Ryan rewarded for trusting Washington

The Texas Rangers aren’t up 2-0 on the Rays — who’ve managed one run in the last 18 innings — because of good managing. Just the same, it’s impossible to think they’d have finally gotten to this point — a single win from the first victorious playoff series in franchise history — without it.

It’s been an improbable season for Texas, what with the team beginning the year in bankruptcy court and the news in spring training that the 58-year-old manager had tested positive for cocaine.

You don’t hear of many 58-year-olds doing cocaine. As it’s highly habit forming, a lot of users don’t make it to 58. Also, it’s a little like bungee-jumping, not the kind of thing you suddenly pick up late in life. Still, that’s what Ron Washington, manager of the Texas Rangers, would have his bosses believe: the first and only time he ever did the drug was the time he tested positive, shortly after the 2009 All-Star break, back when he was a mere 57.

“Totally shocked,” recalled Nolan Ryan, team president, and more recently, part-owner. “Never even crossed my mind.”

Ryan pitched from 1966 to 1993, but apparently remained oblivious to large chunks of the hallucinogenic ’60s and the white lines ’80s. “Drugs were never an issue in my life,” he told a Texas radio station shortly after the Washington story broke last March. “I never tried them. I didn’t want anything to do with them.”

That said, he’s made one of the wiser decisions a baseball executive ever made with regard to illicit substances.

It’s worth noting that the history of Major League Baseball and drugs — both performance-enhancing, and that euphemistically named category, “recreational” — is typically fraught with under-reaction, over-reaction and, almost always, rank hypocrisy.

Like steroids, cocaine use was winked at for years, then quite suddenly, declared taboo and prosecutable as a baseball crime. Cocaine might’ve been, as Keith Hernandez famously testified in 1985, “the devil on this earth.” But it was still considered acceptable for ballplayers to do speed and drink like Billy Martin.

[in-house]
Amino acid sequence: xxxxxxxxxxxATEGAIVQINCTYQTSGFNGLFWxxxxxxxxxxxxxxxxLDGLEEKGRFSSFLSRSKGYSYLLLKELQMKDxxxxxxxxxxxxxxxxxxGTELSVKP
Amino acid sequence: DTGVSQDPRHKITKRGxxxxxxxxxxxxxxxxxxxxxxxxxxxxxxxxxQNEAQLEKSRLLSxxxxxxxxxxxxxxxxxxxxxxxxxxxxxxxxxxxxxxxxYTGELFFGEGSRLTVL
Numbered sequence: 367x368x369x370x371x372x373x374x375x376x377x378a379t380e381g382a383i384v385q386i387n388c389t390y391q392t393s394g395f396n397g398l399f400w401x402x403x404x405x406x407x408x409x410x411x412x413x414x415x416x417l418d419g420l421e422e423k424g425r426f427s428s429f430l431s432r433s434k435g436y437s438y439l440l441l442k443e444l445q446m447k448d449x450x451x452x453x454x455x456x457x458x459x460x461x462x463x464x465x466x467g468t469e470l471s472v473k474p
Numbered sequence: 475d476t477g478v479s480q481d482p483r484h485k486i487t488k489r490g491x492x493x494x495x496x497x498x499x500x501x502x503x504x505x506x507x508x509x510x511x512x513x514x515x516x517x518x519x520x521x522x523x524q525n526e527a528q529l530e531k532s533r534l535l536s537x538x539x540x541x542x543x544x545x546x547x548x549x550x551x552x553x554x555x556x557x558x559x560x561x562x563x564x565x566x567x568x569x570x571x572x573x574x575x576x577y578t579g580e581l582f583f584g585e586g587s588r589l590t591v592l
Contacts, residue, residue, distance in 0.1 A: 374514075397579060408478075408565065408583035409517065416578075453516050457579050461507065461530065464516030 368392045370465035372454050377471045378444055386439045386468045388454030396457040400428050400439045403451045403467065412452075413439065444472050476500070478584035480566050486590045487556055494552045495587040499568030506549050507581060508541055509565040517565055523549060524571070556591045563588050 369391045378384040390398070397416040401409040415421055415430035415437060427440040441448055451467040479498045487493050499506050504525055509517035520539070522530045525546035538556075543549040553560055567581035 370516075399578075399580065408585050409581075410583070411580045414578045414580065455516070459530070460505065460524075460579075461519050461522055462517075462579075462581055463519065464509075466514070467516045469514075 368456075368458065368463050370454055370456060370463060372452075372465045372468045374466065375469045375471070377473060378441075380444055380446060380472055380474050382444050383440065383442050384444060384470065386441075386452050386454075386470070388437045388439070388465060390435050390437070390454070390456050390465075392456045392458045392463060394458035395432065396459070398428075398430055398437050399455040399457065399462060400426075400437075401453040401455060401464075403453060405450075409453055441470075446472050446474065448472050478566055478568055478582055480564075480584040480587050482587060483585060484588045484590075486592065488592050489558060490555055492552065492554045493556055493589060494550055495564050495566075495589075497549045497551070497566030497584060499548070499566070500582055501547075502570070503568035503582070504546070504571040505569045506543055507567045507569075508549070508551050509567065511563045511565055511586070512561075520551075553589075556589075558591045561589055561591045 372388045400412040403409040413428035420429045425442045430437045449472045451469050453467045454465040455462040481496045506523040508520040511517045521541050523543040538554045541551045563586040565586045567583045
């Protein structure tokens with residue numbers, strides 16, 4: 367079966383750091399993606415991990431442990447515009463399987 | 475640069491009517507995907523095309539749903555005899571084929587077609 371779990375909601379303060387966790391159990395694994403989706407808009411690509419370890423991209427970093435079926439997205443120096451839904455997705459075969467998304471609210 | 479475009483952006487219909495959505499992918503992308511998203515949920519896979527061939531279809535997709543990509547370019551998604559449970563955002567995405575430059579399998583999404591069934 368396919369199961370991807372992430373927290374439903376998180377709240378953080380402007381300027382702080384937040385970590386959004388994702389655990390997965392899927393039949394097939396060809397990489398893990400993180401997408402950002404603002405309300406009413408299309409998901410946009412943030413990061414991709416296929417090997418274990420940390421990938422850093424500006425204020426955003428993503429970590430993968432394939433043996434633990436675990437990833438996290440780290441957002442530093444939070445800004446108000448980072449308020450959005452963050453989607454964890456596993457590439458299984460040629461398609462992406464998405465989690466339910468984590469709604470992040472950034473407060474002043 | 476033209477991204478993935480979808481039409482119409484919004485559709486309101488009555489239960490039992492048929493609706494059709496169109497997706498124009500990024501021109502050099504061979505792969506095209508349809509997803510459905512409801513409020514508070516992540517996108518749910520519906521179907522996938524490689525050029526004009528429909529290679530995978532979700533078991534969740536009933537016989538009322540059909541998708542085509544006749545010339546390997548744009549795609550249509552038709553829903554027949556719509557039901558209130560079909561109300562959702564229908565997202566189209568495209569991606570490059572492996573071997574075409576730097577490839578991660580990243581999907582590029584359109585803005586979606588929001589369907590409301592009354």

Washington, who played until 1989, remembers full well. Perhaps that’s why he summoned his bosses — Ryan and his then-32 year-old general manager, Jon Daniels — and tearfully offered to resign. It was the right thing to do, and as it turned out, the smart thing, too.

Less easily reckoned was Ryan’s response. The Hall of Famer certainly wasn’t partial to druggies, real or accused. What’s more, keeping Washington would pose grave risks. It didn’t matter how much goodwill Ryan had in Texas. A man trying to take a team out of bankruptcy court can’t afford a misstep as public as staying with a manager with a drug problem. At some level, perception is reality; the manager who tests positive is seen as a manager with a drug problem. Ryan had been in the game long enough to figure that someone would eventually rat his guy out, which of course, someone did.

If Ryan admired the honesty and courage of Washington’s confession, he also knew he’d been betrayed.

“Yeah, you feel some of that,” he said. “Took us three days before we made the decision. “We tried to get a handle on our emotions and investigate the situation, and to see to what degree Wash had a problem.”

Ryan likes to say “the organization believes in giving second chances” — the most notable of them going to Josh Hamilton, a recovering addict who blew a dozen or so before surfacing with the Rangers in ’08. But Hamilton was a player. This was different. This was a manager.

“He was improving every year,” said Ryan. “We were seeing the progress we wanted to see. Guys played for him.”

The decision was made not to fire Washington. He was good with young players, like Hamilton and Ian Kinsler. But veterans like Michael Young also swore by him. As it happened, Young was the first to speak on his manager’s behalf during a team meeting in March when the story broke.

“I got your back,” he said.

And apparently, the manager had theirs. Now no one can say for sure that Washington didn’t have a drug problem. But it’s safe to say he doesn’t now. He’s tested several times a week. But more than that, he doesn’t manage a team to 90 wins with a cocaine addiction.

In Washington’s four years as skipper, Texas has gone from 75 wins to 79 to 87 and now, 90. This season has seen the emergence of young players like Elvis Andrus and the rejuvenation of older ones, like Vladimir Guerrero. The manager had something to do with that. The question is, would they be here without him?

“It’s really hard to speculate on that,” said Ryan. “Whoever you brought in would’ve had to have been a fit for the club we had. The relationships would’ve had to developed.”

In other words, probably not.

“I do believe we did the right thing,” said Nolan Ryan.

The smart thing, too.